Last spring, my daughter came home from middle school and informed me that she needed me to ‘sign something.’ She took out a form letter and handed it to me. As I read it over, I was a little confused, surprised, and then became a little frustrated. In a nutshell, the students needed their parents’ permission to take either- a) Spanish class for the entire school year, (for which they’d get high school credit for), or b) Art, Tech Ed, and Careers class each lasting 1/3 of the school year. My daughter was very torn and discouraged because she really wanted to take both classes. She was interested in learning more Spanish (and many of her friends were also signing up for Spanish class), but she really, REALLY enjoys Art class. She always has. In fact, I have an enormous tote-full of her artwork in my basement with drawings and paintings that I’ve kept and cherished from the time she was a toddler up until now! So I wasn’t surprised, and I didn’t blame her one bit, when she was struggling with the decision to give up Art class completely. She enjoys Tech Ed very much, too, which is equally as important---especially in this modern age we live in and the growth in STEM careers. Why were these kids being forced to choose? Why aren’t classes like Art given the same emphasis as some of the other classes? I called the school to find out more and was given the explanation that it was a scheduling conflict. Spanish was offered at the same time as Art and the other classes…so the kids couldn’t take both. One or the other. That was that. Unfortunately, many other schools are often put in this same position to make some hard decisions, perhaps because of budget cuts or lack of funding needed to offer more classes.
I understand that academics are important. I get that. And yes, they are. But I think there has been soooo much emphasis on academics and test scores that sometimes we forget about the value and importance of classes like Art and Music. These classes foster a child’s imagination and creativity. Kids NEED that. In a day when they are pushed and pushed and pushed with learning facts and figures and being pressured to get those higher standardized test scores, they need an outlet to let their minds relax…to just grow, explore, and be free to imagine. Albert Einstein once said: “Imagination is more important than knowledge. For knowledge is limited to all we now know and understand, while imagination embraces the entire world…” And Pablo Picasso: “Every child is an artist. The problem is how to remain an artist once we grow up.”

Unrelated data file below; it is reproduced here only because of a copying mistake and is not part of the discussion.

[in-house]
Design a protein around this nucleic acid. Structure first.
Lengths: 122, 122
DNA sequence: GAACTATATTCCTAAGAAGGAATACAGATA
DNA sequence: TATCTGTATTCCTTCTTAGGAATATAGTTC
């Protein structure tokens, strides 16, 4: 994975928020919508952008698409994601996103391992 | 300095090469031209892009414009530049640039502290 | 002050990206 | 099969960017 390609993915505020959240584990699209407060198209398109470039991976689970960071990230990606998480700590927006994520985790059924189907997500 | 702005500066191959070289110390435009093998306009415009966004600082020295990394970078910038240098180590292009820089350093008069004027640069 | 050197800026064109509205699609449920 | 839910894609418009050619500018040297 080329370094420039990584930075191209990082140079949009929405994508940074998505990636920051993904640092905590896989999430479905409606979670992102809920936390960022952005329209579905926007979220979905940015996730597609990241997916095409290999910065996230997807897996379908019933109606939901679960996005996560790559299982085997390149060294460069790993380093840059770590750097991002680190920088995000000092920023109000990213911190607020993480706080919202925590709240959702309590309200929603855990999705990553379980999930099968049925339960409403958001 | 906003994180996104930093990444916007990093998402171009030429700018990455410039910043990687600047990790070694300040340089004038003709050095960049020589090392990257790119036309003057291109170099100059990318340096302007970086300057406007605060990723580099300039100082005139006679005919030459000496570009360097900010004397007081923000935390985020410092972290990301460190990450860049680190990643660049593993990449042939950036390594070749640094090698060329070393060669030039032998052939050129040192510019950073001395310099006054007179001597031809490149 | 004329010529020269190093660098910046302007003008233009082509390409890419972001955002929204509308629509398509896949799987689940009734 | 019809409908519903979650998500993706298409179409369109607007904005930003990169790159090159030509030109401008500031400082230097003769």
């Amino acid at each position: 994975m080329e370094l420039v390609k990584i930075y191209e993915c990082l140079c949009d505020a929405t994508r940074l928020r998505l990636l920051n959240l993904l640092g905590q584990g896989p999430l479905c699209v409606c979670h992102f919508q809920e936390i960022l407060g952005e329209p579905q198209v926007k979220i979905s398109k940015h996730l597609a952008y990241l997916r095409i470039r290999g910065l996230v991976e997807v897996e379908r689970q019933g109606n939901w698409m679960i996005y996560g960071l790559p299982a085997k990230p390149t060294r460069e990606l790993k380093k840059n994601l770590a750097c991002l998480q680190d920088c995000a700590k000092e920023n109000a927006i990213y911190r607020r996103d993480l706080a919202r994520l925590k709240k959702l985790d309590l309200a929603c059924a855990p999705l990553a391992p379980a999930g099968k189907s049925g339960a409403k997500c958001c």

How very true.
I think it’s great that our educational system wants our kids to succeed in life and do well in their ‘core’ academic classes like Math and Reading. Yes, it’s a competitive world out there and yes, we need to be prepared. But I strongly believe that much of a person's "success" in life depends upon whether or not they are PASSIONATE about what they're doing. And many children have a passion for things like drawing, painting, singing, acting, or other things that you can’t ‘test’ their ability in. They need to be given the opportunities to explore their passions and God-given talents at a young age. If they are discouraged, they will stop. Just think for a moment about all the amazing actors, singers, song-writers, artists, photographers, and so-forth that we have in our world today. And think what an absolutely dull and boring place it would be if they hadn’t had the opportunity to share their amazing gifts and talents with us. What if nobody had ever encouraged Picasso, Michelangelo, or Claude Monet to paint? What if nobody had ever encouraged Elvis Presley, Prince, or the Beatles to sing? The world might be a very different place if we never got to witness the passion and talents of such great individuals.
And speaking of talent, I had the opportunity to talk to one uber-talented artist a couple of years ago about this very topic. Chris Daughtry has an incredible passion for art and music. I asked him his thoughts on schools cutting back on these programs (due to budget constraints, state standards or whatever the reason may be…) and this is what he had to say….
Makes perfect sense to me.
In the end, I told my daughter to take the class that she WANTED to take. Don’t worry about getting ‘behind’ in school because you didn’t take a year of high school Spanish as an 8th grader.
Do what makes you happy. Do what you are passionate about.
She took Art.
And I am so happy she did.
I can't wait to add more masterpieces to her collection....